As Bloods, R?dd and his brothers are very much in the minority in LA, where Crips outnumber them by an estimated 10 to one; this, he claims, is why Crip gangs are now shooting each other - there's simply too many of them, and too few Bloods. The sheer homicidal craziness of all this, however, is complicated in the Boo-Yaa Tribe, where filial loyalties once collided with gang loyalties.
'See, in Boo-Yaa, we got two guys, Roscoe and Compton Giz, they're from the Park Village Crips, a Samoan Crip gang in Compton - and all the rest of the Tribe, we all affiliated with the Bloods. But we all put our rags down when we wanted to make the Boo-Yaa Tribe.' If the Stop the Violence rap movement needed a slogan, this would be perfect: Put Down the Rag]
In the Boo-Yaas' case, of course, putting down the rag was made easier by the shooting of brother Fawesome, after which the whole crew upped and emigrated to Japan to make money rapping while the yen was bullish. On returning, they signed to Island, who put out the New Funky Nation album - a super-heavy slab of gangsta funk-metal-rap - in 1990, but rejected the follow-up, Good Times, Bad Times, despite an all-star guest-list that included Ice-T, Ice Cube, Living Colour and the funk pioneers George Clinton and Sly Stone. Island was at that point merging with Phonogram, and the Tribe was simply economised off the label. Then again, Island might have baulked at releasing a track called 'Millions of Dead Cops'. 'If Ice-T had never given up 'Cop Killer',' notes R?dd ruefully, 'a lot of rappers would still be going. But when he gave that up, that gave the labels the power to make everyone else take songs off their albums.'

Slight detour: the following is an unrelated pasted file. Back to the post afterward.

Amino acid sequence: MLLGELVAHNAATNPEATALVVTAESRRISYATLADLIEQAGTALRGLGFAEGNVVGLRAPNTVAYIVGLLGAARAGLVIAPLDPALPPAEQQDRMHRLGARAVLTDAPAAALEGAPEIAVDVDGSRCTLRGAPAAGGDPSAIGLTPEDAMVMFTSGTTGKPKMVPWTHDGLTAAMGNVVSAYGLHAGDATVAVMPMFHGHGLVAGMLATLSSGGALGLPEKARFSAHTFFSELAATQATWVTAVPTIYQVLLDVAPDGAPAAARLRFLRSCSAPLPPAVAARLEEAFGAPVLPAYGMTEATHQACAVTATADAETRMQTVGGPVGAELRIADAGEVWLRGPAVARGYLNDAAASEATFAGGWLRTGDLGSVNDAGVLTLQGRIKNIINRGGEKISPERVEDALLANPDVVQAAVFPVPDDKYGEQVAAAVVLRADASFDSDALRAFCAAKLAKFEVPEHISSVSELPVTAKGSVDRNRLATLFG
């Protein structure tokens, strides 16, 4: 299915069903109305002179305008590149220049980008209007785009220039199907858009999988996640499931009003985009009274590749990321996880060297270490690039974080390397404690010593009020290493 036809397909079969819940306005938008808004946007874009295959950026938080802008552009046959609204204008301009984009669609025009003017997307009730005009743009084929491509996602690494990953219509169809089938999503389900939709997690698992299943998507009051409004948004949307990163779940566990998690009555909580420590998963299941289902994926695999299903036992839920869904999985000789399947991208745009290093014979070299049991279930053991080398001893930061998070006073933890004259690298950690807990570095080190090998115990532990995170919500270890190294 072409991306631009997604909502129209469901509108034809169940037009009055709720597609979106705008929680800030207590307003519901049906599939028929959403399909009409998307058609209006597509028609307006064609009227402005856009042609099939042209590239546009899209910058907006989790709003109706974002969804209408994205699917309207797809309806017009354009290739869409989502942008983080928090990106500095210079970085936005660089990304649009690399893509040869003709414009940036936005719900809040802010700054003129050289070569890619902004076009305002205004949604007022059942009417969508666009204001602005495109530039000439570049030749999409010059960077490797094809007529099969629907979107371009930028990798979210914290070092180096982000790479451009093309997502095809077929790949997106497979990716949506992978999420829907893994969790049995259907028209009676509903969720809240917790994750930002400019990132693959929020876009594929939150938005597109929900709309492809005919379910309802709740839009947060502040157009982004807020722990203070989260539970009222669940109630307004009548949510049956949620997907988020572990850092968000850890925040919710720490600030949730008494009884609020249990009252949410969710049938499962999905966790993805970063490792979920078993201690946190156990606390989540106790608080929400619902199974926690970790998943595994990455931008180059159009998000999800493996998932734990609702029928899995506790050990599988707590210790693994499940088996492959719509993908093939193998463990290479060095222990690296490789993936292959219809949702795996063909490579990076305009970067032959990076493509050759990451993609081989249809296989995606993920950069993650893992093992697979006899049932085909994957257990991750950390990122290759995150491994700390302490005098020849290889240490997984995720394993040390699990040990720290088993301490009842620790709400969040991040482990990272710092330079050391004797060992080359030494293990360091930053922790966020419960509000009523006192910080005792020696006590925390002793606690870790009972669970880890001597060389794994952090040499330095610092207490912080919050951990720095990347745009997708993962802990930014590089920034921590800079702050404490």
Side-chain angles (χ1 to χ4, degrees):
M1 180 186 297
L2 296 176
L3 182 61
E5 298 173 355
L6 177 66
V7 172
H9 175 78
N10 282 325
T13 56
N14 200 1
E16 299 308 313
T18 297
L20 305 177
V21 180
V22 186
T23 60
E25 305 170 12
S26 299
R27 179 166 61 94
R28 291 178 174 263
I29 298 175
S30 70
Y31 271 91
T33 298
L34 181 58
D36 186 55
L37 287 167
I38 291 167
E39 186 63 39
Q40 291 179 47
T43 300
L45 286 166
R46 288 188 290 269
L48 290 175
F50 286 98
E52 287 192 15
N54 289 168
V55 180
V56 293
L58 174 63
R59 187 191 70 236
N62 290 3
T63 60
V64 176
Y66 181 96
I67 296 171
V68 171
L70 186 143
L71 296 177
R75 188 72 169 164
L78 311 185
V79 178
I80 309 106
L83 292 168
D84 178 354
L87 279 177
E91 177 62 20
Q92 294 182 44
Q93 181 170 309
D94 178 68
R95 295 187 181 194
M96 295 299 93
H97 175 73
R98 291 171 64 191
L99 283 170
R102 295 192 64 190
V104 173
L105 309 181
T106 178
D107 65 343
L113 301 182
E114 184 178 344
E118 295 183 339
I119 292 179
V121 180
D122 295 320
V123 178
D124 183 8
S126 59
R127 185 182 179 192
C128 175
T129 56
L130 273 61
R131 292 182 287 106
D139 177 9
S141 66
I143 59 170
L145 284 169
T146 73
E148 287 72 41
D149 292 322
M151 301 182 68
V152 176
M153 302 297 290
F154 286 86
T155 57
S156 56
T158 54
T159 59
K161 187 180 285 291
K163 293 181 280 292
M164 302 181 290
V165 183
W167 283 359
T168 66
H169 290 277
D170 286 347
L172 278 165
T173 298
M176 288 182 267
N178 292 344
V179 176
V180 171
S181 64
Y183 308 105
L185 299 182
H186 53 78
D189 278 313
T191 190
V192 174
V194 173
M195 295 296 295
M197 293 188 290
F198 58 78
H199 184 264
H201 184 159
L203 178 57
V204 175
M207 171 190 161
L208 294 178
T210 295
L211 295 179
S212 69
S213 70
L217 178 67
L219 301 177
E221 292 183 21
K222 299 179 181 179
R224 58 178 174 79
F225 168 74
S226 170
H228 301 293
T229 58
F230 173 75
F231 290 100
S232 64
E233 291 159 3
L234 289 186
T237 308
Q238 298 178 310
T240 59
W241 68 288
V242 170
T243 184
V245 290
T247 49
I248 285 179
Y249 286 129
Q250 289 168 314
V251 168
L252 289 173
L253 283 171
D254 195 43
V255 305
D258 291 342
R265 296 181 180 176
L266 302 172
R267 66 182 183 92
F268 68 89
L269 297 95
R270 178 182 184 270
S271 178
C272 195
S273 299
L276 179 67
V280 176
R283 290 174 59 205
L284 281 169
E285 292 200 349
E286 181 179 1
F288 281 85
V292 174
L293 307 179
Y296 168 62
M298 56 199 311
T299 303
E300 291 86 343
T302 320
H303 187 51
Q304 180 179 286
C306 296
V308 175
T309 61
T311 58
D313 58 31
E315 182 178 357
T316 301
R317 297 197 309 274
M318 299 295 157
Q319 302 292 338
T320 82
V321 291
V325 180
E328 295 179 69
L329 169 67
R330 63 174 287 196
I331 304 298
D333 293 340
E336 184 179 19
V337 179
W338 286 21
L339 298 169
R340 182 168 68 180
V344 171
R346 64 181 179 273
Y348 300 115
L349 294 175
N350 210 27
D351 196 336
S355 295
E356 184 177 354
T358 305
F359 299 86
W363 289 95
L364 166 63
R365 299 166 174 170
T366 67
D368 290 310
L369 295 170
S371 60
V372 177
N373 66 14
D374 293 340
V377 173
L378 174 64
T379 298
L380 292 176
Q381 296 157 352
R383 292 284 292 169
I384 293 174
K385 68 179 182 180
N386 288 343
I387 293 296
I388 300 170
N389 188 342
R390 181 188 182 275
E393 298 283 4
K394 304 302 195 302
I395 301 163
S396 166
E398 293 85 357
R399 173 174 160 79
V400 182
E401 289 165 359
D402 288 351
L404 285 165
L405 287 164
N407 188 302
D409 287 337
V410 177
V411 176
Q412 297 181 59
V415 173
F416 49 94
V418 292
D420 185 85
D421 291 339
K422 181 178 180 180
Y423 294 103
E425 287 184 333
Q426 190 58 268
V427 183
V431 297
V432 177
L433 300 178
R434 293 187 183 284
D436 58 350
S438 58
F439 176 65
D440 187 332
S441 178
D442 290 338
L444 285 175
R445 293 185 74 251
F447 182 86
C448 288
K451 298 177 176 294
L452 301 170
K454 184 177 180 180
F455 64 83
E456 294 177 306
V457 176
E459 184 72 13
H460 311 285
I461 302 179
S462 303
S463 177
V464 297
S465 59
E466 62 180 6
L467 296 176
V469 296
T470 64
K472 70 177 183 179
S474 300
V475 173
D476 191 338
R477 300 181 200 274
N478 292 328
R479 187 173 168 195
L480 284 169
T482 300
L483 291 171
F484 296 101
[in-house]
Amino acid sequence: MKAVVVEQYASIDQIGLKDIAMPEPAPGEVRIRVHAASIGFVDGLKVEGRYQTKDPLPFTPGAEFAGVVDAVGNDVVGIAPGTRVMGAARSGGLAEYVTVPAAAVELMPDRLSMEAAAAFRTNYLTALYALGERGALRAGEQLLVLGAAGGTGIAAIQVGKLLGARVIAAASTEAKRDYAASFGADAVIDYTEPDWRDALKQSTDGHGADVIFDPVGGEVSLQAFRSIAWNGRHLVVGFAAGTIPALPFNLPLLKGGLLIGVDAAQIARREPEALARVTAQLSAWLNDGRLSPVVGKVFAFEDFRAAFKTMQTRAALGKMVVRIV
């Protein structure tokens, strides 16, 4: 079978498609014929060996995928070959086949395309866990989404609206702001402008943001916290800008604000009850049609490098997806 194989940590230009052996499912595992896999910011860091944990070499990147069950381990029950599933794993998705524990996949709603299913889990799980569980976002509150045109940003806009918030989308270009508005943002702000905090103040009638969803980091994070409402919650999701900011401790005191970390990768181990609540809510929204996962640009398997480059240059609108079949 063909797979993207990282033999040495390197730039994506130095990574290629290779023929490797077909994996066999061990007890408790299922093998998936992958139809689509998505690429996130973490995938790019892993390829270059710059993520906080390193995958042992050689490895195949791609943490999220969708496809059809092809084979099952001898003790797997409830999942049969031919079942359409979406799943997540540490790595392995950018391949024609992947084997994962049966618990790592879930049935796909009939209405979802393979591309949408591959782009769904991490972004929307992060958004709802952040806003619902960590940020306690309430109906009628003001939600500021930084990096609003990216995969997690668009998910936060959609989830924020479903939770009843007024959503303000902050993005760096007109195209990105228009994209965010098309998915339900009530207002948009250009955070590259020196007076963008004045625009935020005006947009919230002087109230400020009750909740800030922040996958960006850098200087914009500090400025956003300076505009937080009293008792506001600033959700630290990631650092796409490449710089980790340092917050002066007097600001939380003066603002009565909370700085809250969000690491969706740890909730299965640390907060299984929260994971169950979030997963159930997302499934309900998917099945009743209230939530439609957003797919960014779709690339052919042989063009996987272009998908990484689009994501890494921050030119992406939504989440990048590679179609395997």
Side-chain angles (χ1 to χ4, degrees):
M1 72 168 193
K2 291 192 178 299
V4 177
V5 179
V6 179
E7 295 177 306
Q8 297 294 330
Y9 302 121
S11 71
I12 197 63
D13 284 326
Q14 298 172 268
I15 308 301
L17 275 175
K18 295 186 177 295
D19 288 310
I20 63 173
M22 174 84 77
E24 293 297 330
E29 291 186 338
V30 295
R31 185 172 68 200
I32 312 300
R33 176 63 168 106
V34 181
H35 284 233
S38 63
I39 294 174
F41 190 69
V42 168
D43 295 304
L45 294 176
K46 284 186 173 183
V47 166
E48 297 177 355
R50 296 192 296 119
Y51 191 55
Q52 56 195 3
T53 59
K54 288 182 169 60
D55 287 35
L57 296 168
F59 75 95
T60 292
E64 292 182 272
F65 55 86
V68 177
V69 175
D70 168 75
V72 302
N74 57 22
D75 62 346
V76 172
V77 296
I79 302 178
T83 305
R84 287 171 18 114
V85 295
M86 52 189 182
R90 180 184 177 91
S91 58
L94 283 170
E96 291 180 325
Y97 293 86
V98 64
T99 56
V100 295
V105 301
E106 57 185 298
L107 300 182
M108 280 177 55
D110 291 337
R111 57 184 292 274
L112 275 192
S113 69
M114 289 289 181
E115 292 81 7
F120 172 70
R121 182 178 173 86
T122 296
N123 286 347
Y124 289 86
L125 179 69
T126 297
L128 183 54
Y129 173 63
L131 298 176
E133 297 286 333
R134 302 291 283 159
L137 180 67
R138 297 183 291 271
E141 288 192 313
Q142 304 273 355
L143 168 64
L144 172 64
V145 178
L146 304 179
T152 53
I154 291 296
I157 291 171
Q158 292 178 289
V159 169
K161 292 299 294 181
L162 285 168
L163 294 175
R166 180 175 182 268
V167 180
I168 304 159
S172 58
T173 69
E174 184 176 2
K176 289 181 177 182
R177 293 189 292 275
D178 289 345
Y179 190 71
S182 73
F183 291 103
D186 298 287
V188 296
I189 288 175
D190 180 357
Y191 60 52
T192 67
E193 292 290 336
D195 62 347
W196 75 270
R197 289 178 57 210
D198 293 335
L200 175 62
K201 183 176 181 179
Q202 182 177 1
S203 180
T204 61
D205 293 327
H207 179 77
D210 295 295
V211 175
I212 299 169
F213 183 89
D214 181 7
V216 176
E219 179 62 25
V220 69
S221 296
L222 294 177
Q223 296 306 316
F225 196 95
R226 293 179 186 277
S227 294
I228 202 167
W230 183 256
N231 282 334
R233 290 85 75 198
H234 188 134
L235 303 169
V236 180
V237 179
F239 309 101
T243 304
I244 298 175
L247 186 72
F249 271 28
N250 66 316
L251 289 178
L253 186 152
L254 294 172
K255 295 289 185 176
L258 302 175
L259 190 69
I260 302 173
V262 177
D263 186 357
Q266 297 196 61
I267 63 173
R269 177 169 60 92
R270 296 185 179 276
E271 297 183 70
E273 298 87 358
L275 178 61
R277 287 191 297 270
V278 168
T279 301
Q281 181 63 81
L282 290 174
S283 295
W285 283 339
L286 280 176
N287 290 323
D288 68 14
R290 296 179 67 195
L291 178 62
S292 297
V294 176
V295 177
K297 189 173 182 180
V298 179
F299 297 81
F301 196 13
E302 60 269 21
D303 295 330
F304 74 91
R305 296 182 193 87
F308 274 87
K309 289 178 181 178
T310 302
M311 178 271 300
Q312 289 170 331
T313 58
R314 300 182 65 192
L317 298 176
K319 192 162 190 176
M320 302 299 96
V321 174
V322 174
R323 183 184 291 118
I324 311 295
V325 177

As with most other hardcore rappers, R?dd views the censorious approach to rap as a race and class thing, rich people wanting to deny young blacks the opportunity for showbiz riches. He enjoyed the aftermath of the LA earthquake, because while the freeways were closed, the rich people had to drive through the black neighbourhoods to get to work and finally saw the conditions the underclass is forced to endure.
'They're making music a curtain to block out what they're doing,' he claims. 'First it was metal that was the curtain, then it was punk rock, now it's rap. But they don't look at the real problem, they'd rather arrest people who sell records. When you go purchase a gun, it don't have a warning sticker on the gun - but when you go buy a hardcore rap tape, it says 'Explicit Lyrics'. Come on, man]'
Now the Tribe are back again on a new label with their third album, Doomsday, which is twice as heavy as their debut, and looks set fair to hoist them belatedly up the gangsta-rap tree. 'We sat back for three years, getting tired of other people getting paid for things we did,' says R?dd, who's more than ready for his payback. 'It ain't gonna change me. I could have a million dollars in my pocket, but if I go in a store and see a candy bar, I'll still put it in my pocket and steal it, because that's how I am] It'll never leave me - you can leave the ghetto, but the ghetto never leaves you.'